Looking after your hearing this Winter

Looking after your hearing this Winter

Every season comes with its own challenges for hearing health and hearing loss in Winter is no different. With British Spring time a long, long way off, it’s probably a good time to get the woolly jumpers and hats out. The weather is definitely getting colder and before we know it, Christmas Day will be here! Hearing loss in Winter There are a few potential causes of hearing loss in Winter. If you’re in a part of the UK that sees snow every year (Scotland springs to mind), the council may use machinery to clear the snow. Snow ploughs or snow blowers can make 100 decibels of noise – almost as loud as a rock concert. Even regular traffic can be louder as ice, sleet and snow cause cars traffic jams and vehicles to slide, crunch and honk everywhere they go. Be sure to limit travel abroad if you have a cold or an ear infection. Difficulty in regulating the differences in pressure inside your ear canal and on the aeroplane can lead to the eardrum rupturing. Infections and surfer’s ear Our bodies react in their own way to the cold. For reasons not entirely clear, we’re much more likely to get a cold. The same is true of some other infections. Cold environments restrict blood circulation in the ear. That means spending lots of time outside in the cold increases the risk of an ear infection. Complications can sometimes arise from ear infections, especially if they are recurring. These can sometimes lead to permanent hearing damage. One of the symptoms of Exotosis, otherwise known as Surfer’s Ear, is...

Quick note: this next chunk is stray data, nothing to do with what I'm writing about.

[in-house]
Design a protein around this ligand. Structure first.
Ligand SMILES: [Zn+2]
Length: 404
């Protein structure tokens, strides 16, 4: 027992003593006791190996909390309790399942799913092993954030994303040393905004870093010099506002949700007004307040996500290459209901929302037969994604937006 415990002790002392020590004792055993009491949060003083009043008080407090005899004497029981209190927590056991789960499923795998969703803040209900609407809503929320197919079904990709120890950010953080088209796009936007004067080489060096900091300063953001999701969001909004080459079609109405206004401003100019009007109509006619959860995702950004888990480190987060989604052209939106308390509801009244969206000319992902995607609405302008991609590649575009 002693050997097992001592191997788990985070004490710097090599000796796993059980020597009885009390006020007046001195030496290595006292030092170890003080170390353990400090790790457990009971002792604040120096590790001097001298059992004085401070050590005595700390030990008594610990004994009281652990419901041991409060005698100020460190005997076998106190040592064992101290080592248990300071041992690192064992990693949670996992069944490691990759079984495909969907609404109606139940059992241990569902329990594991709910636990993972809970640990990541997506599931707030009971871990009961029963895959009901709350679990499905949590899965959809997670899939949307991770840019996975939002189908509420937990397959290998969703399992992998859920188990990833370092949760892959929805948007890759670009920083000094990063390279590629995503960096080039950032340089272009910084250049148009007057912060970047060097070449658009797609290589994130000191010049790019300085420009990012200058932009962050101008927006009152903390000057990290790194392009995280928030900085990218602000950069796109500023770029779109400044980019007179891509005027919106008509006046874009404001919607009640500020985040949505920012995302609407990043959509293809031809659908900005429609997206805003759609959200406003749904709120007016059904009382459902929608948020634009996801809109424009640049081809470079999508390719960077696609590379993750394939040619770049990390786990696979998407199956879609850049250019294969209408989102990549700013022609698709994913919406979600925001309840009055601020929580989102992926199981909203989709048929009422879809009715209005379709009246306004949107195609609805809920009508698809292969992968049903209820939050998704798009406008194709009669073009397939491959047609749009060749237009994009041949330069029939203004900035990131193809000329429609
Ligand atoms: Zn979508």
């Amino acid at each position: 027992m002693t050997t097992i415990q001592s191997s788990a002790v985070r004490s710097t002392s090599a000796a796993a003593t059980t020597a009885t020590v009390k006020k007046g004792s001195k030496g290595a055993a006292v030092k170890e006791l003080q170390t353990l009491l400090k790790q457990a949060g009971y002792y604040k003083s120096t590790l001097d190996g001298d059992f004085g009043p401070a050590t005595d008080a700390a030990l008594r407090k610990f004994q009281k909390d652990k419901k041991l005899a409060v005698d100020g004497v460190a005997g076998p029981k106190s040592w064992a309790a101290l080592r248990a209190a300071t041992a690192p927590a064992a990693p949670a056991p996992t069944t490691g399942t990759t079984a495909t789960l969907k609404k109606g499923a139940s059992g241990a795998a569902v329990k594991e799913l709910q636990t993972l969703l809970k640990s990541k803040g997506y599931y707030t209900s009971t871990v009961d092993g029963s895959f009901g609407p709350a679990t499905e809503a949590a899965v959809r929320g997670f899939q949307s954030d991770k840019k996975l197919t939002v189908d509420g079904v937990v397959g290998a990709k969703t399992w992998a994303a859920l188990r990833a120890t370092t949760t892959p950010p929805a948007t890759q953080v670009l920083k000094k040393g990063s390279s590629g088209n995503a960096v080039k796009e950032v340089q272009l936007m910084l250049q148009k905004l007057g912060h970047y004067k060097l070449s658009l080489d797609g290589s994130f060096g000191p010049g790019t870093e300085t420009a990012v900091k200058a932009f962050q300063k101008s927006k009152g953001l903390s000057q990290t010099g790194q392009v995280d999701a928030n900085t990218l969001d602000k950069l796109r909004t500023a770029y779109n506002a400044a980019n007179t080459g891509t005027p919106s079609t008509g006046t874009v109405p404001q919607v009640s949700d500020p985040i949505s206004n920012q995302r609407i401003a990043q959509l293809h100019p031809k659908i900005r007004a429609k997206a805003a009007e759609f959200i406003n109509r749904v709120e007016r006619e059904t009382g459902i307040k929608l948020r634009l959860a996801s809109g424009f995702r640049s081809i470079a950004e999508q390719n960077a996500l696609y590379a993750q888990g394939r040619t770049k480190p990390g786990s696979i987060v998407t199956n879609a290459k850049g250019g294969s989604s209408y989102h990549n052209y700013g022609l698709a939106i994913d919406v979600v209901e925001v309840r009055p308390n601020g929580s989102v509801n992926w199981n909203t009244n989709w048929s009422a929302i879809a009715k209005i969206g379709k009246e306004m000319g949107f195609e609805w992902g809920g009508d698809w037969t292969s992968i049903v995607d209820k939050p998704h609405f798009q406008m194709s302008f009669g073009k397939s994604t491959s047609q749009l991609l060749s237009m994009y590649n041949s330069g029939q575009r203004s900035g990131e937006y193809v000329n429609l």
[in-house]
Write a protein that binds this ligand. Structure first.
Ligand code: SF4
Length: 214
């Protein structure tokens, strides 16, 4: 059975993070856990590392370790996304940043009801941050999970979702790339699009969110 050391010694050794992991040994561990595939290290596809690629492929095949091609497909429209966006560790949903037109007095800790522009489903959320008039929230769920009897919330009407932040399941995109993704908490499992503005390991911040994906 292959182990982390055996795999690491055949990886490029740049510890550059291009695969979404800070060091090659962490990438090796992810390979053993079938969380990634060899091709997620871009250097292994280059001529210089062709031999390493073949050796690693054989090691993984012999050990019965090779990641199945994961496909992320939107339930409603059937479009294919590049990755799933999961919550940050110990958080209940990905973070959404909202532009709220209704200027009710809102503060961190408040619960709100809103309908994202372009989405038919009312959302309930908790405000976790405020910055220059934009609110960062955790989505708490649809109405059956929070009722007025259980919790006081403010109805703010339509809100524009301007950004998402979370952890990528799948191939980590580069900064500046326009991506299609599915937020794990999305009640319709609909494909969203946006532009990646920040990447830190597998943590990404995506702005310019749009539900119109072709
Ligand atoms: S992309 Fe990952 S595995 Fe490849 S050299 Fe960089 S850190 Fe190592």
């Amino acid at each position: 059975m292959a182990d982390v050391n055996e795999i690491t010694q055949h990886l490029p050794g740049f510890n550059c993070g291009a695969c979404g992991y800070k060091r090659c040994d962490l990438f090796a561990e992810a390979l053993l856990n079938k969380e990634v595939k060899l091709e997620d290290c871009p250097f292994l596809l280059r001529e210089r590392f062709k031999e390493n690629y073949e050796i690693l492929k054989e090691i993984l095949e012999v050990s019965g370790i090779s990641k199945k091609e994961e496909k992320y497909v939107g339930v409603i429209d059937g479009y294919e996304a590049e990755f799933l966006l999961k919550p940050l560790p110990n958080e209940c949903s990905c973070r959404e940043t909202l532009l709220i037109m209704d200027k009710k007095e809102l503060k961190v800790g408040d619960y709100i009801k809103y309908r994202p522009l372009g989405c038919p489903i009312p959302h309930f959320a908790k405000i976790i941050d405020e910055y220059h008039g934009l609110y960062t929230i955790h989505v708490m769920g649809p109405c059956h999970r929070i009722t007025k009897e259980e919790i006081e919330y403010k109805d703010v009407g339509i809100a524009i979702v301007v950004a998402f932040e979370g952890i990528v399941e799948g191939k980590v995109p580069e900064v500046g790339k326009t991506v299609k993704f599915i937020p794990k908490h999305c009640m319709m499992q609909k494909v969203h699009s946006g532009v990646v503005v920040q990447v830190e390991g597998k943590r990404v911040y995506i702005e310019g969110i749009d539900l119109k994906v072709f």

Hearing loss in the British Army; how it has affected soldiers over the years

Hearing loss in the British Army; how it has affected soldiers over the years